BlueWater Wave 9.3 Review

May 11, 2017
BlueWater Wave 9.3
BlueWater Wave 9.3 BlueWater_Wave-1.jpg BlueWater_Wave-10 BlueWater_Wave-2 BlueWater_Wave-5 BlueWater_Wave-6 BlueWater_Wave-7 BlueWater_Wave-8 BlueWater_Wave-9
Resistance to Dirt

The Good

  • Good durability
  • Good resistance to dirt
  • Rated for both single & half rope use

The Bad

  • Stiffer handling
  • Bi-pattern color scheme less effective at finding middle

The BlueWater Wave is a 9.3 mm dynamic single and half rope with good durability and resistance to dirt. With stiffer handling due to a thick sheath, the Wave worked best in single pitch sport and trad climbing although dry treatment options make it an appealing rope for ice and alpine climbers.


The BlueWater Wave was the least popular rope with testers in this group of ropes. Despite being the skinniest rope in the group, the Wave had a stiff feel to its handling which may be in large part to the thicker sheath BlueWater uses with the Wave. According to BlueWater they took their popular 9.1 mm Icon rope and put a thicker sheath on it to improve durability. In our testing, that thicker sheath produced a rope that moves a little harder in a belay device and takes more effort when tying small knots.

Resistance to Dirt
The Wave held up well to dirt despite the rough conditions we put the rope through in testing, scoring just behind the top rope in this category, the Sterling Helix. After dozens of days of climbing, the Wave’s sheath lost some of that initial brightness from when it was new and picked up some black from the aluminum carabiners but stayed cleaner than many of the other ropes tested. This helped testers be able to find the middle of the rope when setting rappels, which was greatly beneficial because testers didn’t find the middle to be the easiest to find.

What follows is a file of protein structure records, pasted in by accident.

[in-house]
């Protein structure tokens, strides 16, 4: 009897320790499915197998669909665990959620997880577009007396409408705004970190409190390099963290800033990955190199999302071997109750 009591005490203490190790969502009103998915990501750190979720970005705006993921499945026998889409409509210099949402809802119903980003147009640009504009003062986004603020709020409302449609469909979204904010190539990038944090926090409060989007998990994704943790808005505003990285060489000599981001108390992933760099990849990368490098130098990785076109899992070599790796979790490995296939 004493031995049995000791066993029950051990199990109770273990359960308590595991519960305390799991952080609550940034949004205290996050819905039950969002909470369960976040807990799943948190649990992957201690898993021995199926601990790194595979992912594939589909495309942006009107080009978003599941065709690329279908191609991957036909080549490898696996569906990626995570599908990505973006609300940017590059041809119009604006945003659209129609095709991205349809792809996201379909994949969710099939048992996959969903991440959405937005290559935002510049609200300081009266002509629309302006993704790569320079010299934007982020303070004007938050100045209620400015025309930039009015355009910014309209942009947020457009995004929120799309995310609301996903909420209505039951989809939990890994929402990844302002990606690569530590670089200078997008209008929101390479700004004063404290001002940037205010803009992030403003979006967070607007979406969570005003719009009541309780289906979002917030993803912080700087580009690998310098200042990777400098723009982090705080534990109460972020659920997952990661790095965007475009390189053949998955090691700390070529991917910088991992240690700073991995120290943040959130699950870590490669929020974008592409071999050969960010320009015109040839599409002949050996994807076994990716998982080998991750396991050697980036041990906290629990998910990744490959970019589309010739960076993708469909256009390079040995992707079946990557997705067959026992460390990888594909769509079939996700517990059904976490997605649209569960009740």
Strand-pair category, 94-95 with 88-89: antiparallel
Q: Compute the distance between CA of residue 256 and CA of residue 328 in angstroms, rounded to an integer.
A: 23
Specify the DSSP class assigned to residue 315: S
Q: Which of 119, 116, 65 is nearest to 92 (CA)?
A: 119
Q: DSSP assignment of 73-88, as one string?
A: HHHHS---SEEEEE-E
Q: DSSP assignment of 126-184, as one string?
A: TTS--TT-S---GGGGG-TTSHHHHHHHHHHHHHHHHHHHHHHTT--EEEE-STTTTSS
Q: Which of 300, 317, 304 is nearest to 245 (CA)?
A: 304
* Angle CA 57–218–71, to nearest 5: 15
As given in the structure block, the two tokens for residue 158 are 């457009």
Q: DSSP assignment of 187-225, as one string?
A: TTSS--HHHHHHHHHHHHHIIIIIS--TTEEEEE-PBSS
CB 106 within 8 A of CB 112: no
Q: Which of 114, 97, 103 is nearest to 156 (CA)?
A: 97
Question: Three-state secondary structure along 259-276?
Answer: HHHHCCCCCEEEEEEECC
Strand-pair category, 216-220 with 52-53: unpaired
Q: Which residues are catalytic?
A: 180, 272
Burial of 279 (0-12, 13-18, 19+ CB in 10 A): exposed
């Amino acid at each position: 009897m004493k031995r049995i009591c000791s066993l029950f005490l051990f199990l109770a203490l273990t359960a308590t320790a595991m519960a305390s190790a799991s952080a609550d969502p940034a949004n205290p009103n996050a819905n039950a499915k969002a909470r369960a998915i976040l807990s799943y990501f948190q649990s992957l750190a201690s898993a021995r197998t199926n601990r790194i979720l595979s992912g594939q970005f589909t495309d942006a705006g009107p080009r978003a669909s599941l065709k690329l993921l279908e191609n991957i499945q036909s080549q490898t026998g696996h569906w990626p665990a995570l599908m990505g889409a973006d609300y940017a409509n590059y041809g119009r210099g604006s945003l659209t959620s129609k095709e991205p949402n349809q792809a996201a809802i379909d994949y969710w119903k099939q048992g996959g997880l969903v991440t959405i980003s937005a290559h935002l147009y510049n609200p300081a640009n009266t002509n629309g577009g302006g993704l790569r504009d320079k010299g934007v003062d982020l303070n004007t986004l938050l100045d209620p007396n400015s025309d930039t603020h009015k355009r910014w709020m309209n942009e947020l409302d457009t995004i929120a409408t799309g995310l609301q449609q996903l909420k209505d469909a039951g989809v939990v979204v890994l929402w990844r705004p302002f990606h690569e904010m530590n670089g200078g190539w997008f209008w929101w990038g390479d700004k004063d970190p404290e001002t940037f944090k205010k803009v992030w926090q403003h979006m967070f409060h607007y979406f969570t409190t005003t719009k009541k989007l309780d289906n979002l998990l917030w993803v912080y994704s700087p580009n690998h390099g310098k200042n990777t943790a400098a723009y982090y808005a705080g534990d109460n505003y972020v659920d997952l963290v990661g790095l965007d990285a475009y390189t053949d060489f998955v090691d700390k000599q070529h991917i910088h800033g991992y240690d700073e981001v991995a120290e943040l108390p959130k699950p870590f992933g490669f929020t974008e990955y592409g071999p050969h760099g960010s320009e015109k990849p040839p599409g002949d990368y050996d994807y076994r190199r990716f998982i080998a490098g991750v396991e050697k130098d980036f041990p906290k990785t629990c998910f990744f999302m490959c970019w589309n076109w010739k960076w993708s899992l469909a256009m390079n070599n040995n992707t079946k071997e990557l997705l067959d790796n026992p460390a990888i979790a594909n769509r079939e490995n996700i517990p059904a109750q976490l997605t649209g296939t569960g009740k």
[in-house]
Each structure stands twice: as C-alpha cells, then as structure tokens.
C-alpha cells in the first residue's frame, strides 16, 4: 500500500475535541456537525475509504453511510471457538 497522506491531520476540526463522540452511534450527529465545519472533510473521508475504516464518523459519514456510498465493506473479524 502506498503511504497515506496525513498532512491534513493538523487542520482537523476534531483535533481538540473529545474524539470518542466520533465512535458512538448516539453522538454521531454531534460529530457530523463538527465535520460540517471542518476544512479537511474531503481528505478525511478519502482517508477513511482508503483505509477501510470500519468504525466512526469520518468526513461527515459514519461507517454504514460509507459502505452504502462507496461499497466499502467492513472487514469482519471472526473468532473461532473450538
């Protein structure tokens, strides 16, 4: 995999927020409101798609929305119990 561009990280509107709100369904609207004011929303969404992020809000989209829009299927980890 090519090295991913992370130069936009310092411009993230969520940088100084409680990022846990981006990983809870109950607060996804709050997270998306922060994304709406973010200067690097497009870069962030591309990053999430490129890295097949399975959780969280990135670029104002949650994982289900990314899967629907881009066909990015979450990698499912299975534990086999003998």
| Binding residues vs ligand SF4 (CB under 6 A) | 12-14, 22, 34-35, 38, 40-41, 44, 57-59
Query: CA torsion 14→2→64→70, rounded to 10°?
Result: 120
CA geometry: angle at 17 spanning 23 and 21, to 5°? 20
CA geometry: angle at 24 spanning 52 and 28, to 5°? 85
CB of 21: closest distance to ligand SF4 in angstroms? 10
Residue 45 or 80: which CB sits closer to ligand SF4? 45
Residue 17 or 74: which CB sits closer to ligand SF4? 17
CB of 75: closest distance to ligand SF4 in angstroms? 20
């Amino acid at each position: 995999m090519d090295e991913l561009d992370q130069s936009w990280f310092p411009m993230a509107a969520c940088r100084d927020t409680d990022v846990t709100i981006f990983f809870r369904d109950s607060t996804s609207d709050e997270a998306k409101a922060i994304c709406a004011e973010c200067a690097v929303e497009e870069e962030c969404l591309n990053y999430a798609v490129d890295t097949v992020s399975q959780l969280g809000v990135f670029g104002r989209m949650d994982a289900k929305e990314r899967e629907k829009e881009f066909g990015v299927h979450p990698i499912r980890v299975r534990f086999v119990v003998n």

While the Wave was the skinniest rope tested in this group of midsize ropes, it still proved to be durable and held up well during-in house and field testing, scoring just below the most durable ropes. Its admirable performance in durability may be in part due to the thicker sheath used, as described earlier. During field testing the Wave showed a little more wear in the form of fuzz on the sheath compared to some of the other ropes tested but the rope’s handling characteristics stayed consistent. During in-house testing, the Wave performed just as well as other ropes, with the sheath holding up well during the abrasion test. The Wave’s core was exposed a good amount during the sharp edge test, just behind the top scoring ropes in this group.

The Wave’s standout feature is the thick sheath, making it a fine choice for climbers wanting a skinny but durable rope. The Wave is available in a number of configurations, with three different color combos, and Double Dry treatment. The Wave we tested was a light blue pattern rope that was appreciated by testers when rappelling and looking for the middle mark on the rope. While helpful, the color change wasn’t the easiest to spot compared to other ropes and was at times missed by testers when running the rope through anchors. Another advantage to the Wave is it is rated for both single and half rope use, giving it some additional versatility to be use on its own or used as a double on routes where rope drag from a wandering line or there is concern for rope cutting due to sharp rock.

Depending on the configuration of The Wave you buy, you could do a lot of different things with this rope. It was most popular with testers for sport and trad climbing as testers appreciated the tough sheath and light weight of the 9.3mm diameter. The stiffer handling makes it a little harder to use when there’s a lot of handling to be had, such as in multi-pitch climbing when you’re repeatedly pulling rope and tying clove hitches. The Double Dry version would make this rope appropriate for ice climbing and a good choice for snow and alpine climbs.

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